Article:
Buckwheat flour is also a versatile, nutrient-rich ancient grain that can be used in recipes. It’s high in fiber and gluten-free. The flavor is rich and nutty and works nicely when making pancakes, muffins, and quick bread. It’s also much darker in appearance than plain flour (or even whole wheat) flour.

Buckwheat Pancakes


  • 1 1/2 cups buckwheat flour (or use 50-50 blend of buckwheat and all-purpose flour, see notes)
  • 1 1/4 cups milk (dairy and non-dairy both will work)
  • 2 tbsp white vinegar or fresh lemon juice
  • 4 tbsp unsalted butter, melted, plus more for skillet
  • 1 tbsp sugar
  • 3/4 tsp baking soda, see notes for substituting baking powder
  • 1/2 tsp fine sea or table salt
  • 1 large egg
  • 1 tsp vanilla extract
  • Sugarman of Vermont Bananas Foster Maple Syrup (for topping)


  1. In a 2-cup measuring jug or bowl, stir the milk and vinegar (or lemon juice) together, and then set aside for five minutes. (This mixture mimics buttermilk, which when mixed with the baking soda makes the pancakes fluffy.)
  2. Meanwhile, whisk the flour, sugar, baking soda, and salt in a medium bowl.
  3. Whisk the egg and vanilla into the milk.
  4. Make a well in the center of the flour mixture. Pour the milk mixture and melted butter into the well and use a fork to stir until you no longer see clumps of flour. It is okay if the batter has a few small lumps – it is important not to overmix the batter.
  5. Heat a large skillet (or use a griddle) over medium heat. The pan is ready if when you splatter a little water onto the pan surface, the water dances around the pan and eventually evaporates.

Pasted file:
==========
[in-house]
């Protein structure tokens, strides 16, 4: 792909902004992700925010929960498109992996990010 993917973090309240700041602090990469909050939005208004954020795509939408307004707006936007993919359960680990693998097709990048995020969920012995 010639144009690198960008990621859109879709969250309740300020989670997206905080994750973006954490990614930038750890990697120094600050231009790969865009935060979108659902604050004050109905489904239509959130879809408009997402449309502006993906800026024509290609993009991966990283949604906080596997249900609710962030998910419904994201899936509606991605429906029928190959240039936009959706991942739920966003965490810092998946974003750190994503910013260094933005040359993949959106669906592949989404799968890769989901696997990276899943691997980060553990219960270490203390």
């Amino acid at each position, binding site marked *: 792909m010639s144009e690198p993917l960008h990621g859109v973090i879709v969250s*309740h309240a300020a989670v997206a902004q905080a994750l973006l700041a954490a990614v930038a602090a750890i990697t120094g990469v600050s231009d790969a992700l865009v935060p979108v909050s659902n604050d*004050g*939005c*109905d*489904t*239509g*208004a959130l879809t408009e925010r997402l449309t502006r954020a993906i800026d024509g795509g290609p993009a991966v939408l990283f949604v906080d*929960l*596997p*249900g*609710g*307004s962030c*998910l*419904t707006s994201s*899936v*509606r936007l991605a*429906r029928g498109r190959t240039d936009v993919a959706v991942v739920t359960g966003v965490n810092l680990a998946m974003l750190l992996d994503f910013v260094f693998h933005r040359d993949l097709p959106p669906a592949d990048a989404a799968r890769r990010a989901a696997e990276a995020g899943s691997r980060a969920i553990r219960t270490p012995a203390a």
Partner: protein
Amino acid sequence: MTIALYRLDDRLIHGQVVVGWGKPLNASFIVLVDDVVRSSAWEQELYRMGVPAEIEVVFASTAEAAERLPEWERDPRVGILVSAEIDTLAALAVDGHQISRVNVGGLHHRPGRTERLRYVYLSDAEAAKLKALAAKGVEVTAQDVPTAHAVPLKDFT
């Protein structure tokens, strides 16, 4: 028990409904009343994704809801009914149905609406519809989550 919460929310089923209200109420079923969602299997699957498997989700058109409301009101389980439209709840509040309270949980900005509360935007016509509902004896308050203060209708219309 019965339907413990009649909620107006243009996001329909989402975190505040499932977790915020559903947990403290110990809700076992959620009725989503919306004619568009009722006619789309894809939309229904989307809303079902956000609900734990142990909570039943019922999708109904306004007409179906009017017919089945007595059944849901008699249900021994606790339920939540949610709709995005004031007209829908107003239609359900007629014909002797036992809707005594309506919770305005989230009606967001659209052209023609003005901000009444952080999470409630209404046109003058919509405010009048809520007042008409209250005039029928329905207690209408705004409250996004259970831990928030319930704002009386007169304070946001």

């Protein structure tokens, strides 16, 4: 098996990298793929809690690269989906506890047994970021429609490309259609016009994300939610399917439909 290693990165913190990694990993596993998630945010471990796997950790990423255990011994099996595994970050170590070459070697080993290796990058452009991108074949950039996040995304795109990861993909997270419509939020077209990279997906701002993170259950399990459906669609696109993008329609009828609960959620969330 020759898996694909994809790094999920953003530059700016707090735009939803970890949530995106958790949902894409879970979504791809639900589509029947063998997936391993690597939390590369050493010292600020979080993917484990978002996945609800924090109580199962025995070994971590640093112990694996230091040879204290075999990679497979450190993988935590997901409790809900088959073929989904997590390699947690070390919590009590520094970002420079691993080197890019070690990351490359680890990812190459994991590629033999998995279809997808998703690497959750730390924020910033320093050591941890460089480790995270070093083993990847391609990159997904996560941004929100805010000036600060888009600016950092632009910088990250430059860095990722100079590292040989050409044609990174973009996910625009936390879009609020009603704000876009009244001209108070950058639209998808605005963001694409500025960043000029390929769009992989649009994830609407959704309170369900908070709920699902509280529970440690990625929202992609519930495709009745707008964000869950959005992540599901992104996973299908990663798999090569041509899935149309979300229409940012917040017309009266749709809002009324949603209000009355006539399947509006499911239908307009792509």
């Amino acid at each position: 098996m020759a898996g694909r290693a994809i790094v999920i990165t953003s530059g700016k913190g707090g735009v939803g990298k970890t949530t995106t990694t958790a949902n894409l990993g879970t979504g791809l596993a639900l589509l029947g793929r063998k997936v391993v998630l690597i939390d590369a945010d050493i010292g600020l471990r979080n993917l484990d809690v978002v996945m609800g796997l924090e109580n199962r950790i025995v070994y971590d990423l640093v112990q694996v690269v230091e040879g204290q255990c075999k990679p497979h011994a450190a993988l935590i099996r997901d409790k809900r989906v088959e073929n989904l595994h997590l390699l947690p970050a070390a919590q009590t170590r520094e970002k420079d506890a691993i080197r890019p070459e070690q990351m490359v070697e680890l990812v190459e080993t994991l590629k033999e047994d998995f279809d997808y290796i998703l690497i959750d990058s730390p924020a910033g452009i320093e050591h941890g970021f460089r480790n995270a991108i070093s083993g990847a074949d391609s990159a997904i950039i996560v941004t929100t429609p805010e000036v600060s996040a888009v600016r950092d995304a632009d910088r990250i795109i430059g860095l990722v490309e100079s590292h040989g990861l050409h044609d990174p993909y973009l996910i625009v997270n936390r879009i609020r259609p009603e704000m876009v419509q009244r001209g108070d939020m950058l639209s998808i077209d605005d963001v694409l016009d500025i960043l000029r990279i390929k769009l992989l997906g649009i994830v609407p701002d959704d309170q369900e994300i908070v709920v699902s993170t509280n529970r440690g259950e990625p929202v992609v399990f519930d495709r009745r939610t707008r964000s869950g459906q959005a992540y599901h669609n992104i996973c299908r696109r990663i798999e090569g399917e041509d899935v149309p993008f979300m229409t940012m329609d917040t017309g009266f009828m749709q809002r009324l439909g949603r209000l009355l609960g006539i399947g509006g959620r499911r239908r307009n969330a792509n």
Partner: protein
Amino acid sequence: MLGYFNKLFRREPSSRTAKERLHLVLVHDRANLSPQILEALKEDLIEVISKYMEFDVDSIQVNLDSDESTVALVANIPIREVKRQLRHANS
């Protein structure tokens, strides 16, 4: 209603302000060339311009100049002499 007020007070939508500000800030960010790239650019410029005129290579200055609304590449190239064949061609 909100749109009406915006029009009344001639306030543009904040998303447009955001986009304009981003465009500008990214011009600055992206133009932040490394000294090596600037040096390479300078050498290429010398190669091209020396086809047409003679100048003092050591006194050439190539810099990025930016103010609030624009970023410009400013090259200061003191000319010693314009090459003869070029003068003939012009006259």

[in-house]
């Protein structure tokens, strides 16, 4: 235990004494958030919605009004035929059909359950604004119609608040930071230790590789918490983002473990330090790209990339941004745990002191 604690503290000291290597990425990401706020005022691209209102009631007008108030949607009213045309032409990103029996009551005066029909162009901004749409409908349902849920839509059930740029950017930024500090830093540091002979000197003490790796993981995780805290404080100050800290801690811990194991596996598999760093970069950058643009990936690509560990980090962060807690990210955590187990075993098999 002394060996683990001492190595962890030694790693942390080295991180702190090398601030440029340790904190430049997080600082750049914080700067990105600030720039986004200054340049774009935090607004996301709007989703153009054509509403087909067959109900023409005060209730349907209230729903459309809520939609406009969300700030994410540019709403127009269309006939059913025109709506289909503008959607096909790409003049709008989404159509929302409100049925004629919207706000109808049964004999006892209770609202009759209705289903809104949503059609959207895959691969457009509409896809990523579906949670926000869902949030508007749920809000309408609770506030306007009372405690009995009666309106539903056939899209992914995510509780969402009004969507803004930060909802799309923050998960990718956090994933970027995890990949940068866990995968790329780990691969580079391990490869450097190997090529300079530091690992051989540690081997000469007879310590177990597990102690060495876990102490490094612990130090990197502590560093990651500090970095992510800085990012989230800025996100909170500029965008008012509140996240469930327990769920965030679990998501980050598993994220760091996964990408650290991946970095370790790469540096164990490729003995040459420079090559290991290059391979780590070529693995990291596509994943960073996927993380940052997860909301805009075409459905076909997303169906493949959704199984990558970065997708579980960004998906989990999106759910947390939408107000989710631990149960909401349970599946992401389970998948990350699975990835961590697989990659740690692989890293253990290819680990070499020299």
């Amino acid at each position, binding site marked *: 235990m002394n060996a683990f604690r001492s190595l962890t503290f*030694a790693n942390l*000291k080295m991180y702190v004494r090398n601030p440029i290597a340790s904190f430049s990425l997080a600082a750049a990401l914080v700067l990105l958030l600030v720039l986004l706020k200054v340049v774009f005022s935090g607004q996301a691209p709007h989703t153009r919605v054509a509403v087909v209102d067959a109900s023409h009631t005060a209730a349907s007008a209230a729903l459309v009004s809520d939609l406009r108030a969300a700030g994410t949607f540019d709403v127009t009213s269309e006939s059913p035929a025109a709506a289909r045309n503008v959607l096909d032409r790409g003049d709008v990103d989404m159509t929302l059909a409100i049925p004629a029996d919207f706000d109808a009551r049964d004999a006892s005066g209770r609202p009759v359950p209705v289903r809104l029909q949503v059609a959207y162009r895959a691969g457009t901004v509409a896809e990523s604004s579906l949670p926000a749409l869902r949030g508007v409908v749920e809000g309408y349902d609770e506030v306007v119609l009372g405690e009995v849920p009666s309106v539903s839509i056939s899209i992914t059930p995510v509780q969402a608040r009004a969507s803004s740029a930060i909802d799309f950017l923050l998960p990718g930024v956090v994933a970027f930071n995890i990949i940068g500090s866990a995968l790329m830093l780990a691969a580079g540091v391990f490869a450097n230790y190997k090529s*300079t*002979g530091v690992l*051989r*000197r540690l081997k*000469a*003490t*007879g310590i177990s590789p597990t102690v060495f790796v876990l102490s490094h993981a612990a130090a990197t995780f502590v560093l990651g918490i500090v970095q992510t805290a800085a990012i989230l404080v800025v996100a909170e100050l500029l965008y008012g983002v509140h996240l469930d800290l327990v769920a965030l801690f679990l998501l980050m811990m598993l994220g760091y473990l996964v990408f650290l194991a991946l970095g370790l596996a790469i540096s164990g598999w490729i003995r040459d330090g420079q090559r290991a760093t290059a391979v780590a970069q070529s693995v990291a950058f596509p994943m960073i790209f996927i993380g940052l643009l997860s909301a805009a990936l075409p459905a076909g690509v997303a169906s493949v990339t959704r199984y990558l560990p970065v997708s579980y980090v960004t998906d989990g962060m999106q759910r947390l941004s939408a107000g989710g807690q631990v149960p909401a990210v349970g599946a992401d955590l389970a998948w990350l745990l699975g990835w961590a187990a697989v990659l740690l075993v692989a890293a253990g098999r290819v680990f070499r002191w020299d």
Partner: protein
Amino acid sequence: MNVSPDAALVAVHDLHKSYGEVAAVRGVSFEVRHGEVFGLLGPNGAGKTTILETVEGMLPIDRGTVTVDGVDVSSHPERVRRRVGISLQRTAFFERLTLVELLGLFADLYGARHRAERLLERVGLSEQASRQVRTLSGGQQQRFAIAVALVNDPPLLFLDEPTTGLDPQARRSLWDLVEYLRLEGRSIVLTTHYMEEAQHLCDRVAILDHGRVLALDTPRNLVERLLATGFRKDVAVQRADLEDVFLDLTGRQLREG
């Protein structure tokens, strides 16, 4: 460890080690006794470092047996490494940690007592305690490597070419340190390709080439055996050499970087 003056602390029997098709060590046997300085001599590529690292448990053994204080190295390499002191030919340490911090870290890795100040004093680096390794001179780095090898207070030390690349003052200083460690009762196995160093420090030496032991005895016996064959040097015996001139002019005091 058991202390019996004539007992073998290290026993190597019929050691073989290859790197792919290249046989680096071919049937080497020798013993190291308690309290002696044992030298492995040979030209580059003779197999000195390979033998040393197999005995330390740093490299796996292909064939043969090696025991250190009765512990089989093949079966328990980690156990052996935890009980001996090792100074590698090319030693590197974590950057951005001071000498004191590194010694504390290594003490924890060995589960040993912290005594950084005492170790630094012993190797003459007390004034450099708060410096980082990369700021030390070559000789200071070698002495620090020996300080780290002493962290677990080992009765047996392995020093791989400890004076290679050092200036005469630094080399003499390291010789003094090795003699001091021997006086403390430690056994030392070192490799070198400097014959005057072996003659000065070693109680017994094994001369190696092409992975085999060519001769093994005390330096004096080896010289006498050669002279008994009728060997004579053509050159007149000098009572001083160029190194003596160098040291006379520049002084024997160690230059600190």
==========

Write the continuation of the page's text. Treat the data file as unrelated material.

6. Lightly brush the skillet with melted butter. Use a 1/4-cup measuring cup to spoon batter onto the skillet. Gently spread the batter into a 4-inch circle.
  7. When the edges look dry, and bubbles start to appear and pop on the top surface of the pancake, turn over. This takes about 2 minutes. Once flipped, cook for another 1 to 2 minutes or until lightly browned and cooked in the middle. Serve immediately with warm syrup, butter, and your favorite pancake toppings.

Chia Seeds

They may be small, but chia seeds are mighty. This powerhouse food is bursting with vitamins, fiber, and minerals, as well as omega-3 fatty acids, potassium, magnesium, and calcium. On top of all of the health benefits, chia seeds have a consistency and texture that closely resembles traditional oats. Because of their gelling properties, they help make breakfasts more filling and satisfying without weighing you down.

The easiest way to prepare chia seeds for breakfast is to soak the seeds overnight in milk (or a milk substitute like almond milk) and top with nuts, fruit, or spices like cinnamon. You can also use mashed banana and vanilla extract to make a delicious morning treat.

Buckwheat and Chia Breakfast Bowl


  • 1 banana (preferably ripe)
  • 1 tbsp chia seeds
  • 1/4 cup buckwheat groats (your choice of buckwheat kernels, raw, whole, or unroasted buckwheat)
  • 1 cup water (or a plant milk substitute)
  • 1 tsp Sugarman of Vermont Maple Syrup
  • 1 handful of frozen cherries
  • cinnamon to taste
  • 1 tbsp almond butter


  1. Combine the first six ingredients in a mason jar, and then refrigerate overnight.
  2. In the morning, add the cinnamon and almond butter. You can either eat it cold or enjoy it warmed up.